• Bank records include canceled checks and bank, credit union and credit card statements. Bank or credit union statements should show the name of the charity, the date and the amount paid. Credit card statements should show the name of the charity, the date and the transaction posting date.
 
• Donations of money include those made in cash or by check, electronic funds transfer, credit card and payroll deduction. For payroll deductions, the taxpayer should retain a pay stub, a Form W-2 wage statement or other document furnished by the employer showing the total amount withheld for charity, along with the pledge card showing the name of the charity.
 
• These requirements for the deduction of monetary donations do not change the long-standing requirement that a taxpayer obtain an acknowledgment from a charity for each deductible donation (either money or property) of $250 or more. However, one statement containing all of the required information may meet both requirements.
 
Guidelines for Charitable Contributions of Clothing and Household Items
 
• Household items include furniture, furnishings, electronics, appliances and linens. Clothing and household items donated to charity generally must be in good used condition or better to be tax-deductible. A clothing or household item for which a taxpayer claims a deduction of over $500 does not have to meet this standard if the taxpayer includes a qualified appraisal of the item with the return.
 
• For all donations of property, including clothing and household items, get from the charity, if possible, a receipt that includes the name of the charity, date of the contribution, and a reasonably-detailed description of the donated property. If a donation is left at a charity’s unattended drop site, keep a written record of the donation that includes this information, as well as the fair market value of the property at the time of the donation and the method used to determine that value.
 
• Donors must get a written acknowledgement from the charity for all gifts worth $250 or more. It must include, among other things, a description of the items contributed.
 
• The deduction for a car, boat or airplane donated to charity is usually limited to the gross proceeds from its sale. This rule applies if the claimed value is more than $500. Form 1098-C or a similar statement must be provided to the donor by the organization and attached to the donor’s tax return.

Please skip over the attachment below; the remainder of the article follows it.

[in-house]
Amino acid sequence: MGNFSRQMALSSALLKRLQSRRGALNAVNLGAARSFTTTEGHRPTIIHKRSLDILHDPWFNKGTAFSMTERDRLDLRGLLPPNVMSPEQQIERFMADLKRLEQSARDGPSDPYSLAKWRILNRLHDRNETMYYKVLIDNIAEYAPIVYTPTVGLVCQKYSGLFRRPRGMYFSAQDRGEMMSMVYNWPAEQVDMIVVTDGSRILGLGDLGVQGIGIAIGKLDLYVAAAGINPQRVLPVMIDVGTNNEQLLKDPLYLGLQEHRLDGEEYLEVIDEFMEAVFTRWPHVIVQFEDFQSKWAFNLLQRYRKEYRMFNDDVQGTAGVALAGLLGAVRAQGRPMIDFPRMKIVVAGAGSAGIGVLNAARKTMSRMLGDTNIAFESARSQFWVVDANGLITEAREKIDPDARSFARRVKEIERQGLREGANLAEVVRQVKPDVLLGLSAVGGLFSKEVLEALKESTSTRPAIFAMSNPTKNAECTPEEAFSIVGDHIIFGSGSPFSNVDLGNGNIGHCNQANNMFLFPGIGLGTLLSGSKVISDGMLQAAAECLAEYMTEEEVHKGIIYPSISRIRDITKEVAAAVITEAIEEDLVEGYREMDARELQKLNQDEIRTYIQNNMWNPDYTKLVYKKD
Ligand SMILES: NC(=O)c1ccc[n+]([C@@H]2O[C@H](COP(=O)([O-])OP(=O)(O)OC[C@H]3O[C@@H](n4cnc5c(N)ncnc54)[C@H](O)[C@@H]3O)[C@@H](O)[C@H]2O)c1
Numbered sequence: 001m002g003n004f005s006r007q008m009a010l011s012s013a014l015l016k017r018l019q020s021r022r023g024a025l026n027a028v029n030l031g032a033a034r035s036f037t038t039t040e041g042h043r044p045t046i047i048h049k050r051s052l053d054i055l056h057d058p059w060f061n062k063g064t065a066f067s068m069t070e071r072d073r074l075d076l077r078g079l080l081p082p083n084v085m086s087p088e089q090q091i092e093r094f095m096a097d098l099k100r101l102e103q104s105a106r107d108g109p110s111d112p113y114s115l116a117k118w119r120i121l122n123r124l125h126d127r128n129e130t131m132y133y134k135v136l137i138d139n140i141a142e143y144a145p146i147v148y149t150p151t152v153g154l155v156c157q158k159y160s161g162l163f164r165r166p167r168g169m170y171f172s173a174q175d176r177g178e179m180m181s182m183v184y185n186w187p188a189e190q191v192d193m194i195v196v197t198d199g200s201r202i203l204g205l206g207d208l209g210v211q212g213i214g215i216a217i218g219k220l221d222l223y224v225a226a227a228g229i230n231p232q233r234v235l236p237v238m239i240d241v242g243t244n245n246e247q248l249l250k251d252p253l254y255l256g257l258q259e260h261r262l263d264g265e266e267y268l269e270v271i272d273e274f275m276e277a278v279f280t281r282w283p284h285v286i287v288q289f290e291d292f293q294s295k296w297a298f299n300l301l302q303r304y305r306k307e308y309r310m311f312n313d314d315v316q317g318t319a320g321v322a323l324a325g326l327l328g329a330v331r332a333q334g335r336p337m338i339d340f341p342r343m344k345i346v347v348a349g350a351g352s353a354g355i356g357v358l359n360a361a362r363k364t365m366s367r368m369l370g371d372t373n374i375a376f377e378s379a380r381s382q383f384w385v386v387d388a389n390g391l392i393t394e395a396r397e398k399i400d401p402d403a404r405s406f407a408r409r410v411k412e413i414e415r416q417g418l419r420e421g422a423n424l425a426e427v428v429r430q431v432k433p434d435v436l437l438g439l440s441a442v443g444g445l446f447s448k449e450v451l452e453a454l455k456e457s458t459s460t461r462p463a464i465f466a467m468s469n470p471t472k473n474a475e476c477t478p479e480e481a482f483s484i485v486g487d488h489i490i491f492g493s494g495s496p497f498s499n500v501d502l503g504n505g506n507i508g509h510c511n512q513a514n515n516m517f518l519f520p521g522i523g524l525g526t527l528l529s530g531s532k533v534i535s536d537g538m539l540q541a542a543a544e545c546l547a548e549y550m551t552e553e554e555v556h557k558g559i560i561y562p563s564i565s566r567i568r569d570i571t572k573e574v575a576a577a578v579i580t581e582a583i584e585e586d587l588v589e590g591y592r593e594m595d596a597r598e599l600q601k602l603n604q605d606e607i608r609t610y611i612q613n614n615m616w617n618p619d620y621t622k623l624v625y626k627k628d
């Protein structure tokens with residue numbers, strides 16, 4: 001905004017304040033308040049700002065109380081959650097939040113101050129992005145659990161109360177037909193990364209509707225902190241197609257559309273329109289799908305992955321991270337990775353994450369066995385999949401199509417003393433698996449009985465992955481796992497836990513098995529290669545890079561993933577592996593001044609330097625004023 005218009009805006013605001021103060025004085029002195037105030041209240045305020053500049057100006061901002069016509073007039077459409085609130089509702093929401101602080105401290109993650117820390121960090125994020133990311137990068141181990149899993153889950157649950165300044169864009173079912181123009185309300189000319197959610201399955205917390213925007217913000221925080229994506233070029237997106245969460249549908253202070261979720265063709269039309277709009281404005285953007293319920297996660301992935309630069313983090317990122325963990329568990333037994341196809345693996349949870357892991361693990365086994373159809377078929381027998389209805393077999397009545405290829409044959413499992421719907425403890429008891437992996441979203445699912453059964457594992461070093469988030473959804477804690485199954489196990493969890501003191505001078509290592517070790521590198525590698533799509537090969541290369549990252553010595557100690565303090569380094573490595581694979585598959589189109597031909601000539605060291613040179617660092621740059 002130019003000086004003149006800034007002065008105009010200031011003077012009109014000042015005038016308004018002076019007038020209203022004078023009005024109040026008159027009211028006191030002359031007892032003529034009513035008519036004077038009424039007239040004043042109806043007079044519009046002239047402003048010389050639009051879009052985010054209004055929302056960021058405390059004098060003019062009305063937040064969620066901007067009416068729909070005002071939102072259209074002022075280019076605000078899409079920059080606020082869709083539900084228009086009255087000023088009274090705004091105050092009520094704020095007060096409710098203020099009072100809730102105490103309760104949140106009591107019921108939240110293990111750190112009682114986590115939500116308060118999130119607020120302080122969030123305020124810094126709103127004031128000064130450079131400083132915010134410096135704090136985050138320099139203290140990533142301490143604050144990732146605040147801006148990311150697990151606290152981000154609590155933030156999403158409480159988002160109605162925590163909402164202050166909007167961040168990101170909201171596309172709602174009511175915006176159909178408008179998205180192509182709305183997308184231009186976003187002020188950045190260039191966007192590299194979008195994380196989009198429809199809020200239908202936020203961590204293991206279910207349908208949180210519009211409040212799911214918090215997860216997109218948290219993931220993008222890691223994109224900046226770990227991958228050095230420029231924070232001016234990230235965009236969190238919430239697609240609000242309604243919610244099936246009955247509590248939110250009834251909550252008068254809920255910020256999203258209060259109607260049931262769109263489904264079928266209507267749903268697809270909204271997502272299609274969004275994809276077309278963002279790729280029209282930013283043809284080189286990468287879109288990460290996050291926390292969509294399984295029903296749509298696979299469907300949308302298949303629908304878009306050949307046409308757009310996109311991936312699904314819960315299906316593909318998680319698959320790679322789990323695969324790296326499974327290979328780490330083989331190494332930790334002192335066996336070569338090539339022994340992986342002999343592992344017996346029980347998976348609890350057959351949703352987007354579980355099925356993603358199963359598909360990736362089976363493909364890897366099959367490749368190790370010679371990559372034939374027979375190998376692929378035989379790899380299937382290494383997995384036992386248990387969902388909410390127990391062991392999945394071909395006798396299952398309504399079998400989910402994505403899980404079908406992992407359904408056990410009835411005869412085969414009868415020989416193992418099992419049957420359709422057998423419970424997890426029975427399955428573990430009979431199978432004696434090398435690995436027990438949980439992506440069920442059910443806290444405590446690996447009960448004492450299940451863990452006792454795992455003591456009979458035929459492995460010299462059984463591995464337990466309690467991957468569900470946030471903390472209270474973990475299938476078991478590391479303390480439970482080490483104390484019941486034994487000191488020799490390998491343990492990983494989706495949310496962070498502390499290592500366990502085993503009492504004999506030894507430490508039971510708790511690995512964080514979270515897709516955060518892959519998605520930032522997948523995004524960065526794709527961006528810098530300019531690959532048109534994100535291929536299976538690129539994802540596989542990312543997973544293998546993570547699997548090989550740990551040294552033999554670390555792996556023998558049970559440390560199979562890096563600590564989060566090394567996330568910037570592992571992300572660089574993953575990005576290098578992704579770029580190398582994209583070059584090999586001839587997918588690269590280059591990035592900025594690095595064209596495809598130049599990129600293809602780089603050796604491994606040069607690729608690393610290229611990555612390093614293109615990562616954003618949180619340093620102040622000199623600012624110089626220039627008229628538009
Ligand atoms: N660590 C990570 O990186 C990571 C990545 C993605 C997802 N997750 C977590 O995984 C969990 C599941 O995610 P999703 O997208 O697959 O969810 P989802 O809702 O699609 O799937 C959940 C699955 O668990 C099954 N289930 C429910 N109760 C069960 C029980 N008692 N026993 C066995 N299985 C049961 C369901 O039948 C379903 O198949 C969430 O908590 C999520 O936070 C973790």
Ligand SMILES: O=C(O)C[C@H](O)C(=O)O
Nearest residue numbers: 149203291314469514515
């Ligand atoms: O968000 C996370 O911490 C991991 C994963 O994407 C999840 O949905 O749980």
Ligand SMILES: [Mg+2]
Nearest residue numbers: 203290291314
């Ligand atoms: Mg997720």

Before making any monetary donation or charitable contribution, determine the eligibility of the organization. Only donations to eligible organizations are tax-deductible. Select Check, a searchable online tool available on IRS.gov, lists most organizations that are eligible to receive deductible contributions.
 
Churches, synagogues, temples, mosques and government agencies are eligible to receive deductible donations. That is true even if they are not listed in the tool’s database.
 
Keep in mind that contributions are deductible in the year made. Thus, donations charged to a credit card before the end of 2015 count for 2015, even if the credit card bill isn’t paid until 2016. Checks count for 2015 as long as they are mailed in 2015.
 
For individuals, only taxpayers who itemize their deductions on Form 1040 Schedule A can claim deductions for charitable contributions. This deduction is not available to individuals who choose the standard deduction. This includes anyone who files a short form (Form 1040A or 1040EZ). A taxpayer will have a tax savings only if the total itemized deductions (mortgage interest, charitable contributions, state and local taxes, etc.) exceed the standard deduction. Use the 2015 Form 1040 Schedule A to determine whether itemizing is better than claiming the standard deduction.
 
Remember, too, that if the amount of a taxpayer’s deduction for all noncash contributions is over $500, a properly-completed Form 8283 must be submitted with the tax return.
 
Source: IRS

Published with permission from RISMedia.